There are a lot of reasons why the Obama stimulus failed, but perhaps the bill's most insidious problem is that it was used to pay off special interests, especially the labor unions. In fact, this is happening right now on the White House doorstep.
On Sept. 14, the General Services Administration awarded a $52.3 million stimulus-funded contract to renovate the Lafayette Building at 811 Vermont Ave. NW -- right across Lafayette Square from the White House.
The building houses a number of government entities, including the Department of Veterans Affairs. The contract went to the builder who offered the bid with the best overall score under federal procurement regulations and the lowest price.
But then, as usually happens in Washington, things got political. On the same day the contract was awarded, the GSA ordered the winning contractor, Grunley Construction, to use a "Project Labor Agreement (PLA)," thus forcing the firm to use more expensive unionized labor.
Even in the Washington region, union labor only makes up 12 percent of the construction industry, so the price of forcing the PLA on Grunley added $3.3 million to the cost of the Lafayette renovation, courtesy of the taxpayer.
Unless you're in the construction business, you've probably never heard of PLAs. Accepting a PLA locks a company into an iron-clad construction contract that virtually guarantees cost overruns. Typically, construction projects with PLAs cost 12 to 18 percent more than those without them.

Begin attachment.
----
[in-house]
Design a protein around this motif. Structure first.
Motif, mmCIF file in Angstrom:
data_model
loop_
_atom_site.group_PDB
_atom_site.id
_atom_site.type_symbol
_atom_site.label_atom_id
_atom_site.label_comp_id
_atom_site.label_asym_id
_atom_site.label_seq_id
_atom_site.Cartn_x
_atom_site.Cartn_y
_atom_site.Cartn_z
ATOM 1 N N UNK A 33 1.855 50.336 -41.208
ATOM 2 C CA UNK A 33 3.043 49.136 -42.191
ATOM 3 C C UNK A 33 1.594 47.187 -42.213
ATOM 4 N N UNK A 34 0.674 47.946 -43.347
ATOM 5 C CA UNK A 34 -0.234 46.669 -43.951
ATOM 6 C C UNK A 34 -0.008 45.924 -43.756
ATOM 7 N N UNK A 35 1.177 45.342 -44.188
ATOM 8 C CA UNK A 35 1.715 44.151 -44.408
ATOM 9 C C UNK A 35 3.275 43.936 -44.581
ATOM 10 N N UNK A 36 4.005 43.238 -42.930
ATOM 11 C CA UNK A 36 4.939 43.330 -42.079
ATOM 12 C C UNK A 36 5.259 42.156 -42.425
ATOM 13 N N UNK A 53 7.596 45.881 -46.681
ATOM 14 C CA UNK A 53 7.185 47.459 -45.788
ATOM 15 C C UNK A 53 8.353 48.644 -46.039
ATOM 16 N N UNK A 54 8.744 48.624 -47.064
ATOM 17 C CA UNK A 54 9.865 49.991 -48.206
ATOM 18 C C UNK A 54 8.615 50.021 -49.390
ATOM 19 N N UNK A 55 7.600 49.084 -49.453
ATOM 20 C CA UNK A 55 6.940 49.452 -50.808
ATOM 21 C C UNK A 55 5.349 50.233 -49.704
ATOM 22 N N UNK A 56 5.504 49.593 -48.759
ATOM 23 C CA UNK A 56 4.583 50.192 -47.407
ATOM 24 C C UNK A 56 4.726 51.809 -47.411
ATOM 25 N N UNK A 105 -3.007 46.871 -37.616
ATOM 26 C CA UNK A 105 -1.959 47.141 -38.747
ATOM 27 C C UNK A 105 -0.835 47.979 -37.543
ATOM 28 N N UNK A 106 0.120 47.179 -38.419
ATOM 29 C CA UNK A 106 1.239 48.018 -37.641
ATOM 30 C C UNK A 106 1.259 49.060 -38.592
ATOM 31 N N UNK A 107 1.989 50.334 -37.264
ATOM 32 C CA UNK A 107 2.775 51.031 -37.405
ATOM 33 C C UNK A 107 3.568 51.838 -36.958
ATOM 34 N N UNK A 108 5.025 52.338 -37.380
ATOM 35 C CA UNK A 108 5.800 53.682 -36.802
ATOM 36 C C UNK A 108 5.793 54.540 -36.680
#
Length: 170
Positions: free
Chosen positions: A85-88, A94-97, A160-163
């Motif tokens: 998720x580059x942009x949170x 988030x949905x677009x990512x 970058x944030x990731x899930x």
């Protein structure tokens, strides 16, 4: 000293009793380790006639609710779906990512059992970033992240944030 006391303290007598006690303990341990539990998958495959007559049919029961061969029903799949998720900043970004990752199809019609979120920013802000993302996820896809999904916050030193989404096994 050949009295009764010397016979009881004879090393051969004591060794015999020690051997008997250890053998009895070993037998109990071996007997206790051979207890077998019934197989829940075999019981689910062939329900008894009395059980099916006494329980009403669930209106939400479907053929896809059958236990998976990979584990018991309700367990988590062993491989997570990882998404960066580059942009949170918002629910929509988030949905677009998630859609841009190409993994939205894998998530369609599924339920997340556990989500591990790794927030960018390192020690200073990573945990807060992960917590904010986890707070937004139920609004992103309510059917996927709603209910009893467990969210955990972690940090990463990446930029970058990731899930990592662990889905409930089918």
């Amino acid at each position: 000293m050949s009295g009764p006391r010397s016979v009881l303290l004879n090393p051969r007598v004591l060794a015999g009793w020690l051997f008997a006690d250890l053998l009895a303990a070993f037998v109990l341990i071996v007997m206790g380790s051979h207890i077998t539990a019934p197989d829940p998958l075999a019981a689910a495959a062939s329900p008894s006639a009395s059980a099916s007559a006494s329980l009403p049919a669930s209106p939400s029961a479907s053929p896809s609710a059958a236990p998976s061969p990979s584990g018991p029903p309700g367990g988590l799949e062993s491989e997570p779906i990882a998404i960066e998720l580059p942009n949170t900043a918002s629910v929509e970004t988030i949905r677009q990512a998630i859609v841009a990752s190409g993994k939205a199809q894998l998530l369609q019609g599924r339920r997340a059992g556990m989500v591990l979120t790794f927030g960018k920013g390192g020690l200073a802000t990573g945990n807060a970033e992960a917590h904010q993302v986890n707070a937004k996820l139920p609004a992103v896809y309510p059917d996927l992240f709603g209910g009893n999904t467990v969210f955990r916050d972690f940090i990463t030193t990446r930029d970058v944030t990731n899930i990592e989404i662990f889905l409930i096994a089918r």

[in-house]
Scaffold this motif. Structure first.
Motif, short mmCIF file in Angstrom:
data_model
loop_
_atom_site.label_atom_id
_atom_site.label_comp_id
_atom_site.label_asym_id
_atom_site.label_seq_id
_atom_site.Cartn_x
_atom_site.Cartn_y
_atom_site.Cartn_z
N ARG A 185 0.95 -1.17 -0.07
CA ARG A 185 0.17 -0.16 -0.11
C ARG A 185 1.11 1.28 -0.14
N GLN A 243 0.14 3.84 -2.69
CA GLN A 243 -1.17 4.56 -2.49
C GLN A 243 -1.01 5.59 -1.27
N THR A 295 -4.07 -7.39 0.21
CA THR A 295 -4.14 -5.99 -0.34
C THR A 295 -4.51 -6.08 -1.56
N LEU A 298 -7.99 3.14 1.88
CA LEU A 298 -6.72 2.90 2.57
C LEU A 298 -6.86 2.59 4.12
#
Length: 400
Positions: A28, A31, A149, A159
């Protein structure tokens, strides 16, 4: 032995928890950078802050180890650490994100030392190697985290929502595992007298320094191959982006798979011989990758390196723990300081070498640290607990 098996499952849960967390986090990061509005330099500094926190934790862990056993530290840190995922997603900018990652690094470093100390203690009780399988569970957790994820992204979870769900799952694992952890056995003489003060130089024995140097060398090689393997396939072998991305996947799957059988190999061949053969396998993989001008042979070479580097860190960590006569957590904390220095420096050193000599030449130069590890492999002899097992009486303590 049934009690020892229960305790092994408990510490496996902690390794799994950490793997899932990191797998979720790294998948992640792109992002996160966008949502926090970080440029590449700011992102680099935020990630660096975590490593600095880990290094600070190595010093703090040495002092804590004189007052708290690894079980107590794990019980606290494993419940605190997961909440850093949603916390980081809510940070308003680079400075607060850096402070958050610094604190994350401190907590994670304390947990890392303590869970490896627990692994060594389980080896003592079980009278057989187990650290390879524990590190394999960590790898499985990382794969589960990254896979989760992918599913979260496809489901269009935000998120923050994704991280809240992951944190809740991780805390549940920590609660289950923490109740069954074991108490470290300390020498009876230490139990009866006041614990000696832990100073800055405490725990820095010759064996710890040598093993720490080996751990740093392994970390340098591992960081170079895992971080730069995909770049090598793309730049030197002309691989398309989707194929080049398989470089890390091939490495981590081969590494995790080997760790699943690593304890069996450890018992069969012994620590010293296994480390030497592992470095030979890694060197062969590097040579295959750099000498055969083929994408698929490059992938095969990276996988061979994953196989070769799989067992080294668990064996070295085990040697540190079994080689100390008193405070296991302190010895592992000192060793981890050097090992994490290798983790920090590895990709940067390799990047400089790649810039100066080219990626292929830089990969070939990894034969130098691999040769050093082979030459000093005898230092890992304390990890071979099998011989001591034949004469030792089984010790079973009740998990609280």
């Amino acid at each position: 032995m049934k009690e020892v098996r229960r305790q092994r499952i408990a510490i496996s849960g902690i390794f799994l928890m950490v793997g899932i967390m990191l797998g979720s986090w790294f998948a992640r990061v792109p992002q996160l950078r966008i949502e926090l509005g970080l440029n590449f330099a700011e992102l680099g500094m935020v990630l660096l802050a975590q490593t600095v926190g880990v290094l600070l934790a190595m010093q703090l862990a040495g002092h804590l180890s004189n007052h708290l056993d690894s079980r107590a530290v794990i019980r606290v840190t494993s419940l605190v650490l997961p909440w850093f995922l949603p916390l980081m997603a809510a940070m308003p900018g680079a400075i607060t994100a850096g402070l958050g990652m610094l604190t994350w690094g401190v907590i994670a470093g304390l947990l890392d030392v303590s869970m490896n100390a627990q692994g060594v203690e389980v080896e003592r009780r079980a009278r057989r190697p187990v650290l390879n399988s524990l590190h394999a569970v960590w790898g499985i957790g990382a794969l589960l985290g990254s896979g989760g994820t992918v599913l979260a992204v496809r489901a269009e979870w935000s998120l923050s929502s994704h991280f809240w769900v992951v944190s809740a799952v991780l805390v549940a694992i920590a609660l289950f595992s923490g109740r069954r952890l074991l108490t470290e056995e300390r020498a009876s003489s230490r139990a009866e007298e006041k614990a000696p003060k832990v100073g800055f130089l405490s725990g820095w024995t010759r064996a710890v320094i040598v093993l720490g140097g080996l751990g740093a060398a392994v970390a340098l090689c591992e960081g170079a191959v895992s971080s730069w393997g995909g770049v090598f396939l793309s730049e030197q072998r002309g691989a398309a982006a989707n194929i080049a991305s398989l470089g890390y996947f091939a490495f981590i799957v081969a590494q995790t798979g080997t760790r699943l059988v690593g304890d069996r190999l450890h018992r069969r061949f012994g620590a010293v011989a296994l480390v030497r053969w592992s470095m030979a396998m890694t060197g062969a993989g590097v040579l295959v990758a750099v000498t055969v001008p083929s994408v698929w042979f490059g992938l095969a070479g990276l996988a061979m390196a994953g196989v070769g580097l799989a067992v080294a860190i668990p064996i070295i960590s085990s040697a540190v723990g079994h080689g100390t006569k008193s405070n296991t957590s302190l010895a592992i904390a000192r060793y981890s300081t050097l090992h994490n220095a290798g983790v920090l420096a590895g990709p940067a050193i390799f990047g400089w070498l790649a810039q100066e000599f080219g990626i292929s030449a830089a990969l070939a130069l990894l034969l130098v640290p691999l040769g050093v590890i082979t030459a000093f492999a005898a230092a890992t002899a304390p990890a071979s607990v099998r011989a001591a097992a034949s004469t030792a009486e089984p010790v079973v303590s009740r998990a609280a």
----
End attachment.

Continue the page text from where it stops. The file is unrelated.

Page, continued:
Nationally, unions only make up about 14 percent of the construction industry. There's no shortage of competition. So why would anyone hire union labor knowing it will make their project cost more?
The answer is political pressure. One of President Obama's first actions was to rescind an executive order signed by his predecessor in 2001 that protected taxpayers from PLAs on federally funded construction projects of $25 million or more.
Why? Because unions collectively spent $400 million to elect Obama and a Democratic majority in Congress in 2008. They spent hundreds of millions more this year trying to keep Democrats in power on Capitol Hill.
Thanks to the stimulus bill, the federal government now has $140 billion in new federally assisted construction projects to oversee. And Obama is doing his best to insure all of them use PLAs.
Instead of fair bidding on the open market, GSA awards extra points to bidders who agree in advance to use PLAs. While it's not an explicit requirement, the message to government contractors is clear - accept a PLA or be at a huge disadvantage to rivals who do.
If PLAs were added to all stimulus-funded construction projects, it would add $17 billion to $25 billion to their total costs, money that would be better spent creating new private-sector jobs or reducing the federal deficit.
Meanwhile, the White House has the temerity to suggest its actions are good economic policy. The Annual Report of the White House Middle Class Task Force released earlier this year had an entire section inexplicably touting PLAs. Nowhere does the report acknowledge the added costs PLAs impose on taxpayers.
If you can figure out how awarding billions of tax dollars to a powerful special interest that represents a small slice of a single employment sector helps the middle class, you might be smart enough to work for the White House economic team.
The rest of us are left wondering why those 814 billion stimulus dollars didn't create jobs.
Mark Hemingway is an editorial page staff writer for The Examiner. He can be reached at email@example.com.